Sikhs often suffer workplace discrimination as a result of maintaining their religious articles of faith – particularly the turban, uncut hair or the kirpan (sword). In many of these cases, qualified Sikhs are not hired or are asked to remove these items in order to qualify for a job even when these articles of faith do not interfere with job requirements.
However, in employment, such discrimination isn’t always so obvious, and can occur long before an employer has even seen the candidate.
A recent study out of Simon Fraser University in Canada showed that despite overt official policies such as Employment Equity in Canada (similar to affirmative action in the United States), job recruiters or employers discriminate among candidates for a position simply on the basis of the candidate’s name:
According to the study, Canadian-born individuals with English-sounding names are significantly more likely to receive a callback for a job interview after sending their resumés, compared to internationally-born individuals, even among those with international degrees from highly ranked schools or among those with the same listed job experience but acquired outside of Canada.
When the researchers asked the recruiters about the reasons behind the relative lack of interest for candidates with less English-sounding names, the responses expressed a concern about how those candidates would fit in:
Employers were more likely to overlook those with non-English names even if an applicant explicitly stated his language skills and only had experience in Canadian universities and jobs.
The researchers interviewed recruiters responsible for callback decisions, although “very few” agreed to participate, Oreopoulos said.
“It was clear that there were concerns about language and social skills,” he said.
While recruiters expressed these concerns, the researchers discuss in the study that the discrimination occured even for jobs where language was not as important a skill, or when job-seekers demonstrated suitable language skills on their resumé:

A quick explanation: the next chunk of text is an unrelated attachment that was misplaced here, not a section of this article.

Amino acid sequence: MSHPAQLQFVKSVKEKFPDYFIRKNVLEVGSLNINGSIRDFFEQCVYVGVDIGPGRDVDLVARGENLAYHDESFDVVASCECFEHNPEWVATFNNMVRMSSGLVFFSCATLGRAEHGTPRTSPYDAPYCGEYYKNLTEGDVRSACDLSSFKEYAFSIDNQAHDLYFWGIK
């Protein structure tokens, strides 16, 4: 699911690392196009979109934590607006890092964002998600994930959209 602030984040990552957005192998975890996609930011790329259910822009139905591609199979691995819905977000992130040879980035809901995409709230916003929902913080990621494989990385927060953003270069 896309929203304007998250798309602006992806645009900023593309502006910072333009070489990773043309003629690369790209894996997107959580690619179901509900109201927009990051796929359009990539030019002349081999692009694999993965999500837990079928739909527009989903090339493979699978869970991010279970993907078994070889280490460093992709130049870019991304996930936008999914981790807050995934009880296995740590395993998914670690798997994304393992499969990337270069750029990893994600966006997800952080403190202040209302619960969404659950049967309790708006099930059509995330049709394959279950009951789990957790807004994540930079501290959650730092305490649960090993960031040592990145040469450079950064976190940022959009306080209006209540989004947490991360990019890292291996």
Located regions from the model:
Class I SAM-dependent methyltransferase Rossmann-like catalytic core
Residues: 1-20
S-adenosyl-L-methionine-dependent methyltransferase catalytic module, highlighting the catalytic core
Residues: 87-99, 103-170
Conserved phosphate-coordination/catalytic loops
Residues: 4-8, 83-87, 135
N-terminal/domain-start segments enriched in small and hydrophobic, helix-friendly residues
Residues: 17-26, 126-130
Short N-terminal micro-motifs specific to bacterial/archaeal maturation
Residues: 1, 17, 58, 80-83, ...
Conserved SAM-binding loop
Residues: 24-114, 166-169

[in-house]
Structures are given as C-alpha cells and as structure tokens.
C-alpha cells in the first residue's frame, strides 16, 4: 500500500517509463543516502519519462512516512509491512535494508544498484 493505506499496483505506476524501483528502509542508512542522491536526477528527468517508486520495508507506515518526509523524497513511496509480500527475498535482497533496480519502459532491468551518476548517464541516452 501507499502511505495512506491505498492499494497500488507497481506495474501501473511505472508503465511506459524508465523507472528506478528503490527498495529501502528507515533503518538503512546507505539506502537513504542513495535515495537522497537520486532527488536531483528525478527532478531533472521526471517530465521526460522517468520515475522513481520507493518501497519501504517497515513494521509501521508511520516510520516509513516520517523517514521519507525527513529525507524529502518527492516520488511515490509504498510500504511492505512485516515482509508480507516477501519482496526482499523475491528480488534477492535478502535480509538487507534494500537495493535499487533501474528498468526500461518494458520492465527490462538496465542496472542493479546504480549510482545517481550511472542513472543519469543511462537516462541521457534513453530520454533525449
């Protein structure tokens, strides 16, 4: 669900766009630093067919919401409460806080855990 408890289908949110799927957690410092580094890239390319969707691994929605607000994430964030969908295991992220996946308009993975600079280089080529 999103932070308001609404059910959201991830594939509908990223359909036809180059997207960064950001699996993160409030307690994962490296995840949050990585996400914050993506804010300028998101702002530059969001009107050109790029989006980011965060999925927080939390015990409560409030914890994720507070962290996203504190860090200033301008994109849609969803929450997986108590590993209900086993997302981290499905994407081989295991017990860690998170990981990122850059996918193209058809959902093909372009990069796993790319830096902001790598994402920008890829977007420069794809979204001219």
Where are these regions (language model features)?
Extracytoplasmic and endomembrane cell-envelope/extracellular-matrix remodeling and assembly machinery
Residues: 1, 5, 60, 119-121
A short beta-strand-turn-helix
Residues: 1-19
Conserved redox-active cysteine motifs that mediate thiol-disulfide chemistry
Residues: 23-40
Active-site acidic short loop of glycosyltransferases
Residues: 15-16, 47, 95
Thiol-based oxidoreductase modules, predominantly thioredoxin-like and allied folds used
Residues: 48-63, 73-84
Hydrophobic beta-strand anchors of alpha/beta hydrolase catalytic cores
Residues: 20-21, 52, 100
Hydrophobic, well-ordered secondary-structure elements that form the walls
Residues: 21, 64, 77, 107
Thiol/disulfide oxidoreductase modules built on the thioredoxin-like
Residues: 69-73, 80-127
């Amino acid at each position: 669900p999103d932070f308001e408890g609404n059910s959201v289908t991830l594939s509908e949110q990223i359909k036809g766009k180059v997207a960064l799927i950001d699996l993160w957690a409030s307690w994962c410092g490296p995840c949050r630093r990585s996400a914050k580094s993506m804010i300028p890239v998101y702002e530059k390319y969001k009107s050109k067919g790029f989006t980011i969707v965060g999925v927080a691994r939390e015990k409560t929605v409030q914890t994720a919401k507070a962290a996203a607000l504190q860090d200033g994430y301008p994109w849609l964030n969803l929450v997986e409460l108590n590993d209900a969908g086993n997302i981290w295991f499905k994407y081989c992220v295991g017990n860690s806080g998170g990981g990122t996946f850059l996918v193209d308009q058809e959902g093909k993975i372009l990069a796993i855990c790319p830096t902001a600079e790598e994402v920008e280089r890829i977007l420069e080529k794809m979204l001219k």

If name-based discrimination arises from language and social skill concerns,we should expect to observe less discrimination when 1) including other attributes related to these skills on the resume, such as language proficiency and active extracurricular activities; 2) looking at occupations that depend lesson these skills, like computer programming and data entry; and 3) listing a name more likely to be an applicant born in Canada, like a Western European name compared to an Indian or Chinese name. In all three cases, we do not find these patterns.
Thus, there is a disconnect between what the recruiters use as an explanation, and what is shown in the data. In what could be an example of microaggression, the researchers theorize this disconnect is consistent with “‘subconscious’ statistical discrimination”, as recruiters are under pressure to find qualified applicants quickly and avoid bad hires that might be a result of someone who doesn’t speak English or have the right social skills. However, the likelihood on whether a candidate is going to get a call back is based on the “Englishness” of that person’s name, regardless of their qualifications and experience outlined on their resumé.
This form of discrimination is subtle and difficult to pinpoint, but the Simon Fraser University study demonstrates that such a bias does occur. This difficult job market makes the English-name bias more significant and is an added challenged faced by many job-seekers – right at the beginning of the job hunt – who come from minority communities.